Interestingly, there is no private care or private hospitals for Cubans, but whereas the Cuban healthcare systems lacks essential medication for its own citizens, it offers excellent healthcare to foreigners in exchange for dollars. In fact, hospitals for foreigners always have the latest equipment and drugs!(This is the opinion of this author who never life in Cuba, nobody in Cuba is lack of health support because they are not tourist, even they can have second, third and so many phisicians opinion as they want and have the opportunity inside the system to have attention in any hospital of the island, the designed clinics and hospital for tourist are more "luxury" and "speedy" than the normal one for cubans in some particular cases, thats true, but they never are not so much over the clinical attention than  a normal cuban can get by himself with the support of the family and phisicians, I have experience about, recently, by the family of my wife, farmers, still living in Cuba. An is very easy to probed in the real life, any cuban who travel have any kind of disease, they are very healthy and any of them overweigth, that is a particular true in Miami Airport in 2009 with about 37, 000 young cuban, very healthy and strong who left the island to lived in United States and some in Spain and Mexico.Note of the blogger, Gualterio Nunez Estrada, to this article)Now, Cuba has more doctors per capita than any other country: 70,000 for a population of 11 million, and the supply of doctors eventually came to exceed the domestic market. Doctors are not paid much in Cuba (some make less than US$40 a month) and in the 1970s the Cuban regime started to make money from its low-paid doctors by using bilateral service contracts and various money-making strategies. Since 1998, thousands of Cuban doctors have worked in 27 countries and they make an extraordinary humanitarian contribution to the world’s poor populations. The revenue goes directly towards the Ministry of Public Health’s budget and is then invested into the public health system. Indeed, the export of Cuban physicians to Third World countries has benefits both for developing countries and for Cuba since it also siphons off doctors who might otherwise be unemployed.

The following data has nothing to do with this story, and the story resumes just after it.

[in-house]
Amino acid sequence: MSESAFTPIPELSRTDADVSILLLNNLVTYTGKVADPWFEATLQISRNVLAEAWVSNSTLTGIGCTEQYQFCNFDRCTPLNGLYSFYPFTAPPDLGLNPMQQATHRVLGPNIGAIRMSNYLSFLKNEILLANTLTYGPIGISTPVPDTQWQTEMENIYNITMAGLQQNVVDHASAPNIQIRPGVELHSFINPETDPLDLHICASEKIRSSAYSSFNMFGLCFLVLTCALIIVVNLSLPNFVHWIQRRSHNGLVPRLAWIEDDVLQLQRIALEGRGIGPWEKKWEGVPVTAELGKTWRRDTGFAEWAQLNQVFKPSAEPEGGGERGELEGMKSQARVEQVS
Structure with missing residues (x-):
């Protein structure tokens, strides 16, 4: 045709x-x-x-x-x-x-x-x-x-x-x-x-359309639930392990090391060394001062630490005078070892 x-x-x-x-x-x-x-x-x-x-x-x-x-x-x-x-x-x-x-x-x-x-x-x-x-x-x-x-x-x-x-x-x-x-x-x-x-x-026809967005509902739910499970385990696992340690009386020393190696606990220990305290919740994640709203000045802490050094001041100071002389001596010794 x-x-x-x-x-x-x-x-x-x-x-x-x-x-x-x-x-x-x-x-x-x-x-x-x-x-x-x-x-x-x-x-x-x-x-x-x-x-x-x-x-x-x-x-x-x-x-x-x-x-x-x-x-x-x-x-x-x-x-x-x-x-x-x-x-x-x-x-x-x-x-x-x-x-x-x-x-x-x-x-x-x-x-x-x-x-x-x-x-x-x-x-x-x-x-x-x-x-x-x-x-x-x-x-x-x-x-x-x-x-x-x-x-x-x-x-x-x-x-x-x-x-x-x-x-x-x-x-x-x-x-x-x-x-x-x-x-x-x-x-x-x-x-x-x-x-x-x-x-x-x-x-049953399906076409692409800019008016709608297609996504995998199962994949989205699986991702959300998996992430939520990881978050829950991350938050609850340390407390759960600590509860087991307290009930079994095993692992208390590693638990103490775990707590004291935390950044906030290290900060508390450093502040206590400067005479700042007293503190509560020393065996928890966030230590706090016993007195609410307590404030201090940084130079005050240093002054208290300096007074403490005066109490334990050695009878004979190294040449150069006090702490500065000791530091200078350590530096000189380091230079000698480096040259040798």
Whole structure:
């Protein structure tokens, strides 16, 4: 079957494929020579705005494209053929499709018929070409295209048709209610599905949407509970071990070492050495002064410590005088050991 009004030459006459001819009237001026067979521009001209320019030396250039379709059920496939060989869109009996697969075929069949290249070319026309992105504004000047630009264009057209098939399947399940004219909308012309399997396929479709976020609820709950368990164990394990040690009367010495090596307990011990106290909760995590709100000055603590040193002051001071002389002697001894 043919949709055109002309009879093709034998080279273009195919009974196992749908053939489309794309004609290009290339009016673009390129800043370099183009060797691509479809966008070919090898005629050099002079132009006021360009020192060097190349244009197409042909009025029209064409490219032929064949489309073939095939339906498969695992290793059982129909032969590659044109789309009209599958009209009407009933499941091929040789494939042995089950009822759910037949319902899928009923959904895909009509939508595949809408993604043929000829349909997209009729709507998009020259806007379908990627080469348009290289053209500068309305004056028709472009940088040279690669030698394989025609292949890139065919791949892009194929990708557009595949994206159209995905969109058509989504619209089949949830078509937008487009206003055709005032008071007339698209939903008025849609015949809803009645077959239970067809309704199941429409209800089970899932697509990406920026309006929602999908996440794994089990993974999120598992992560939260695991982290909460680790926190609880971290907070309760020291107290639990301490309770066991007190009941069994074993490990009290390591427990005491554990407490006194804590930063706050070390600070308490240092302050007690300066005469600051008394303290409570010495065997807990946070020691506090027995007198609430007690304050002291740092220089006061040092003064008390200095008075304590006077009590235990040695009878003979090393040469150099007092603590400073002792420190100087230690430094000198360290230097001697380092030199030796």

But the question has been frequently asked, why does Castro send so many of his doctors abroad? There are many reasons, one of which is to trade services for goods that Cuba would not have otherwise. For example, about 15,000 Cuban doctors and dentists currently work in Venezuela while President Hugo Chavez supplies Cuba with subsidised oil.

Apropos this, central to Chavez’s health policy is a project in the neighbourhood of Caracas. The programme, which is popular among Venezuela’s poor, brings Cuban doctors and other medical services to the most remote slums of Venezuela. It has not, however, been without its detractors. The Venezuelan Medical Federation (akin to our T&T Medical Association) has criticised the appointment of Cuban doctors to high-ranking positions, and protests have taken place in Caracas by Venezuelan medical staff, who (justifiably or not) fear that Cubans are a threat to Venezuelan jobs. So what’s new!

To be continued on February 24